Judge Bryan Byun has just the anime series for action fans who thought The Professional was too frothy.
"Subtlety's not your forte, kid."—Kurokawa
Mezzo is an anime series based on the hyper-violent Mezzo Forte OVA by Yasuomi Umetsu, the insane genius behind 1998's controversial Kite. If you've seen Kite, a blood- and sex-drenched alternate-universe take on The Professional (reimagined as if Natalie Portman's waifish would-be assassin had fallen into the crooked cop's hands instead of the kindly hit man's), then you already have a good idea of what to expect from Mezzo—a cute li'l gun-toting gal lays waste to armies of bad guys, perky boobs bouncing like helium balloons in a wind tunnel with each acrobatic kick to some hapless goon's face. In its incarnation as a regular series, Mezzo dials the OVA's sex and violence down to a minimum, which will disappoint viewers looking for the intensity of the earlier feature, but which also makes the series more friendly to the average anime fan.
In Mezzo: Shell Two, the second DVD volume of the series, we revisit the motley trio of guns for hire who call themselves the DSA, or Danger Service Agency. Mikura is a pink-haired, aggressively unhinged waif who's as perky as she is trigger-happy. Spiky-haired Harada is the team's hunky-but-nerdy tech geek. "Pops" Kurokawa, a former police detective, is the team's leader and father figure, although he's not much of either, which is why the team's still living in a dilapidated double-decker bus. And then there's Asami, a mysterious, meek little girl who's not a member of the team—yet—but who's attached herself to Mikura and wants to become just like her.
This second volume offers four episodes on a single disc:
"Shell of Memories" sees Harada plunged into melancholy after a chance encounter with an old girlfriend. It's the most unusual, and in some ways most enjoyable, episode in this volume, as we get to see some of Harada's back story through flashbacks to his schoolboy days, when he was a dorky teen in the throes of young love.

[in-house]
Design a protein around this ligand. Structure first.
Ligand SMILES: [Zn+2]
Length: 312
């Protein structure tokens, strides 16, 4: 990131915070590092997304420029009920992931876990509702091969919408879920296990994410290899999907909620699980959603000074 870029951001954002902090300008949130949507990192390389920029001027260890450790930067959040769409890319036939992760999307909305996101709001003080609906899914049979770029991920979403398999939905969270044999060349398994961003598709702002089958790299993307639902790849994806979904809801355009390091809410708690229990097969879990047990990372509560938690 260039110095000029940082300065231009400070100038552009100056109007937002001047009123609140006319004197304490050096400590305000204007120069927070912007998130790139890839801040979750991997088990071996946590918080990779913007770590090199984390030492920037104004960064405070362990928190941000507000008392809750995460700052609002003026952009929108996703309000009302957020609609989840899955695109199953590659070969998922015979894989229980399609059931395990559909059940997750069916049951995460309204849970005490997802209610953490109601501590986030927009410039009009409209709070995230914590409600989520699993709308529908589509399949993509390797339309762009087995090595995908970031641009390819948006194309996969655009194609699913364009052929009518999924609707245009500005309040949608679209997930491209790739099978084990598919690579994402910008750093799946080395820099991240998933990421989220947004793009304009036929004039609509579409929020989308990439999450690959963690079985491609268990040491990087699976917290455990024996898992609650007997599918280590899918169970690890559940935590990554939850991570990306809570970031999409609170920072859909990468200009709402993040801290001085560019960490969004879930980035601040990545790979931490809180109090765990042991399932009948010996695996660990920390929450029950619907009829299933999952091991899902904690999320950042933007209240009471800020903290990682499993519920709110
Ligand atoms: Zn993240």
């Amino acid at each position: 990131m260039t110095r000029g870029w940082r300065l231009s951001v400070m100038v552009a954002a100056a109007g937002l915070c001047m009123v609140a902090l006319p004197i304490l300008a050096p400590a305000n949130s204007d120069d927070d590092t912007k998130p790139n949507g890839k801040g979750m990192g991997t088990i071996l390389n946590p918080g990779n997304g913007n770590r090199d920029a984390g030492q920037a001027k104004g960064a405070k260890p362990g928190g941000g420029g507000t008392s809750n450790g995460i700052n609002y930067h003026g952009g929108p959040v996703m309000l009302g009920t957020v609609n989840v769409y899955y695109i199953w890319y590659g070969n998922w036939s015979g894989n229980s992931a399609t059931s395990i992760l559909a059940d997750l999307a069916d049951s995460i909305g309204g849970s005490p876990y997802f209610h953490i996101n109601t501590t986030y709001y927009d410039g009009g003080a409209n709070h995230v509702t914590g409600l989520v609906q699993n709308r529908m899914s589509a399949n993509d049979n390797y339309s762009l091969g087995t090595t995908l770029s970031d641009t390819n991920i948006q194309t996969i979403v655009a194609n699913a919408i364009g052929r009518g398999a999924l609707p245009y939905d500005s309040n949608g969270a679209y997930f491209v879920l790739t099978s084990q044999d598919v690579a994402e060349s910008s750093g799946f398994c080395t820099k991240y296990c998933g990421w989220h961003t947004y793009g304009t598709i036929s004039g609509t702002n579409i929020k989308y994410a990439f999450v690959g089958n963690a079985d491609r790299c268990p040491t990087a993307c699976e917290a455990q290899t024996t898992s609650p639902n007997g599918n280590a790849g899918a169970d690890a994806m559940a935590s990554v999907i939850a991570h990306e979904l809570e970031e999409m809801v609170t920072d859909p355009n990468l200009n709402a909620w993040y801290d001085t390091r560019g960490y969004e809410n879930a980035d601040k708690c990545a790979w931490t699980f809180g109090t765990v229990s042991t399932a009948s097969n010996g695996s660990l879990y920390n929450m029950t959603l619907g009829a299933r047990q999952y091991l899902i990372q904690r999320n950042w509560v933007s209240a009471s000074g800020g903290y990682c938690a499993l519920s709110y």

In "Shell of Sorrow," the DSA is hired by the owners of a condemned apartment complex to clear out a gang of squatters so the building can be demolished. What looks to be a routine muscle job turns into a macabre mystery involving a ghostly young girl holding a white stuffed bunny who keeps appearing to Asami.
"Shell of Thoughts" has Asami winning a contest to try out a new virtual reality simulation. Mikura innocently swipes the invitation and ends up going in Asami's place—much to her chagrin, when the simulation turns out to have far more sinister purposes than mere entertainment.
"Shell of Dreams" involves a scary clown-masked serial killer who warns his victims by sending them notes. The latest victim-to-be hires the DSA as bodyguards…but is all what it appears to be? Of course not.
The stories of Mezzo follow a fairly consistent formula, in which the gang becomes embroiled in a mystery, with a creepy plot twist at the end. It's predictable, and the plot twists aren't that tough to figure out, but the stories are engaging and range pretty far and wide in genre, from crime thrillers to Tales from the Crypt–style ghost stories to mind-bending science fiction. Even if the plots aren't the most original, it's always fun to see Mikura beating up on some pervy thugs or making cruel fun of the sad-sack Harada.
The episodes in this second volume aren't quite as action-oriented as in the first, but that's not saying much considering what a flurry of bullets and fists Shell One offered up. I actually preferred the somewhat quieter stories in this volume, which fill out the characters more and provide such charming domestic moments as Kurokawa fussing over his cooking and worrying about his receding hairline. It's not quite as exciting, but it's also less hyperactive and disjointed. In this second set, Mezzo may have been downgraded from a hurricane to a tropical storm, but it still has plenty of violent hijinks on display. One of my favorite scenes involves Mikura posing as a masseuse and having to deal with a lecherous client who wants more than he paid for—and gets it.
Audio and video quality in Mezzo: Shell Two is consistent with the earlier volume in the series. Images are flawless, with the crisp, highly detailed drawings rendered in vivid color. Audio is presented in a choice of Dolby Digital 5.1 surround in English or two-channel sound in the original Japanese, and while the surround track is obviously superior, the 2.0 track isn't bad either. Extras, as in the previous volume, include "clean" opening and closing animations, a gallery of character portraits that's fairly interesting in showing off the level of detail in the character designs, and a selection of ADV trailers.
Make no mistake, Mezzo: Shell Two is no walk in the park. It's more like a high-speed chase through a carnival funhouse, with a hardcore punk band featuring caterwauling overcaffeinated preteen girls providing the soundtrack. It's not exactly artistically edifying, or especially memorable, but it's a pretty good ride while it lasts.
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